Monday, February 27, 2017
Hello all. Welcome back once more. We’re on Episode 29 of #MondayMaterials now, and today we’re meeting Naa-dei Nikoi. Naa-dei is a PhD student working in the Biomaterials research area. It’s easy to forget that we have people in this school working on amazing medical advances, but Naa-dei was a...
Monday, April 03, 2017
This annual workshop aims to bring together early career researchers in the field of composites to share their work, as par of a composites community. The event is aimed primarily at PhD and MSc level Researchers. Session Themes • 3D structural composites • Structural bonding and repair • Non-destructive testing and structural health monitoring • Modellling and simulation • Nano-materials • Bio-inspired composites Conference highlights • Welcome from our Dean of Faculty, Professor Martin Shröder • Keynotes from Professor Philip Withers and Dr Zahra Sharif Khodaei • Technical talk from Dr Stephen Edmondson • Research and poster presentations Please register for this free event via Eventbrite link
Tuesday, April 04, 2017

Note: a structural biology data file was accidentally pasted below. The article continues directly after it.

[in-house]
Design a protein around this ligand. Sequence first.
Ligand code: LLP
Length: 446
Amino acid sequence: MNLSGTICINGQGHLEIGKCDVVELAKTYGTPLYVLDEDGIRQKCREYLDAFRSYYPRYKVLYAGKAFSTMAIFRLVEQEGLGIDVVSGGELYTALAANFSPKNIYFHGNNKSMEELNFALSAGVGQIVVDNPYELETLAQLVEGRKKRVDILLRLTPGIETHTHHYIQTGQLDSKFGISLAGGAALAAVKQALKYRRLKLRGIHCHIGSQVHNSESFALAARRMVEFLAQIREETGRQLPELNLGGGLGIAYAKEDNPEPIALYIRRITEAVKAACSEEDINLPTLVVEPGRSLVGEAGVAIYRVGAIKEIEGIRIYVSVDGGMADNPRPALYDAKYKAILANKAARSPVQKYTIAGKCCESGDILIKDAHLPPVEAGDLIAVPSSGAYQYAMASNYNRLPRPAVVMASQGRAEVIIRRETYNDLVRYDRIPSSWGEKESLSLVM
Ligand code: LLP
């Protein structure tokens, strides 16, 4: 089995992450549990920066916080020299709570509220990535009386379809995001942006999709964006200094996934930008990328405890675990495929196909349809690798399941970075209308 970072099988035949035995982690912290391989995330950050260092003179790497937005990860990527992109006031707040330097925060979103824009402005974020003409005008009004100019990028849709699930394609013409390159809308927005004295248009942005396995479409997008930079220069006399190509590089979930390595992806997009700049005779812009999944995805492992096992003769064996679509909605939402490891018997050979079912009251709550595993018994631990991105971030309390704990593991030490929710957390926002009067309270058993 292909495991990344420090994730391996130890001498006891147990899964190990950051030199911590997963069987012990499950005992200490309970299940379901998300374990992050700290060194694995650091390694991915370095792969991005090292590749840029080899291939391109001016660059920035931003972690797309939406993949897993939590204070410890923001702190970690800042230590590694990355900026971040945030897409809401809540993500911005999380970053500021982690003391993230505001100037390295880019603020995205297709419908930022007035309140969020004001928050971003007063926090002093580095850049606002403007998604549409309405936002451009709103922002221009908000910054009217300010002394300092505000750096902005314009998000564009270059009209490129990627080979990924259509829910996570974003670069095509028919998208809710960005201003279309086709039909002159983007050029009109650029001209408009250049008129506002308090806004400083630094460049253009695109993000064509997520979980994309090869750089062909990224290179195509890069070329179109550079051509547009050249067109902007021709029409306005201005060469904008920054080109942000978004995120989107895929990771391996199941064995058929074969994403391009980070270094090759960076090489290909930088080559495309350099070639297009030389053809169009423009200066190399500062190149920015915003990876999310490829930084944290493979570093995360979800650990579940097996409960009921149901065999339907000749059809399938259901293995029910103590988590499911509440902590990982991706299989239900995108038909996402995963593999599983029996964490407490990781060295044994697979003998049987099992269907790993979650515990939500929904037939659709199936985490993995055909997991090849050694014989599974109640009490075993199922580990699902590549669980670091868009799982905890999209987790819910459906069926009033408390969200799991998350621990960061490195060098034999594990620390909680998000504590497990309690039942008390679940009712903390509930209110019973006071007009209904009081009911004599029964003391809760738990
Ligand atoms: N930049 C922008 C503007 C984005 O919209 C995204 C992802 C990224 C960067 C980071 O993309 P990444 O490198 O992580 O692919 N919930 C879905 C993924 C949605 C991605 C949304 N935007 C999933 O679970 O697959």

The Manchester Metallurgical Society (MMS) and The University of Manchester presents: Advanced Materials Characterisation Techniques at The University of Manchester - X-ray Computed Tomography - High-Resolution Digital Image Correlation - In Situ Scale Testing in the Plasma FIB - In Situ and Advanced TEM Studies The evening’s presentations given will provide details of four state-of-the-art characterization techniques in which the Univeristy of Manchester (UoM) retains a world-leading capability. These are as follows: X-ray computed tomography: Manchester’s Henry-Moseley X-ray Imaging Facility is a world-leading centre for X-ray CT. This talk will describe how the technique can be used to investigate a number of metallurgical phenomena and features, including void formation in creep testing and ductile fracture, the corrosion of alloys during in situ experiments, and the orientation and packing of grains in 3D space. (talk delivered by Dr Tom Slater) High-resolution digital image correlation: HRDIC allows us to measure how metals and alloys deform on the sub-micrometre length scale. The technique, which has been developed at UoM over recent years, has a resolution approaching 20 nm, such that individual slip bands in samples can be measured. When combined with electron backscatter diffraction (EBSD) and backscattered electron imaging (specifically electron-channeling contrast imaging - ECCI), it can be used to produce truly remarkable deformation maps of materials. Results so far have revealed a number of unusual and unexpected phenomena. (talk delivered by Dr Ed Pickering) In-situ small-scale testing utilizing plasma focused ion beam milling: Many metallurgists will be familiar with the power of focused ion beam (FIB) milling using Ga ions. The plasma FIB instrument at UoM uses Xe ions and very high milling rates (x10 standard FIB) to enable the production of larger specimens in much shorter periods of time. Rapid cross-sectioning investigations can be carried out on large volumes (coupled with EDX and EBSD), and it can also be used to create novel samples for small-scale in situ tests in the SEM. (talk delivered by Albert Smith) In situ and Advanced TEM studies: UoM hosts one of the largest centres for electron microscopy in the world. We have two advanced analytical transmission electron microscopes, including an FEI Talos TEM, capable of rapid EDX spectrum imaging and tomography studies, and an aberration-corrected FEI Titan G2 S/TEM, which is capable of high-resolution STEM imaging at the atomic scale. Over recent years, we have been developing our capabilities to perform novel in situ experiments using our analytical electron microscopes, including in situ corrosion experiments, and these will be explored in this talk. (talk delivered by Prof Grace Burke)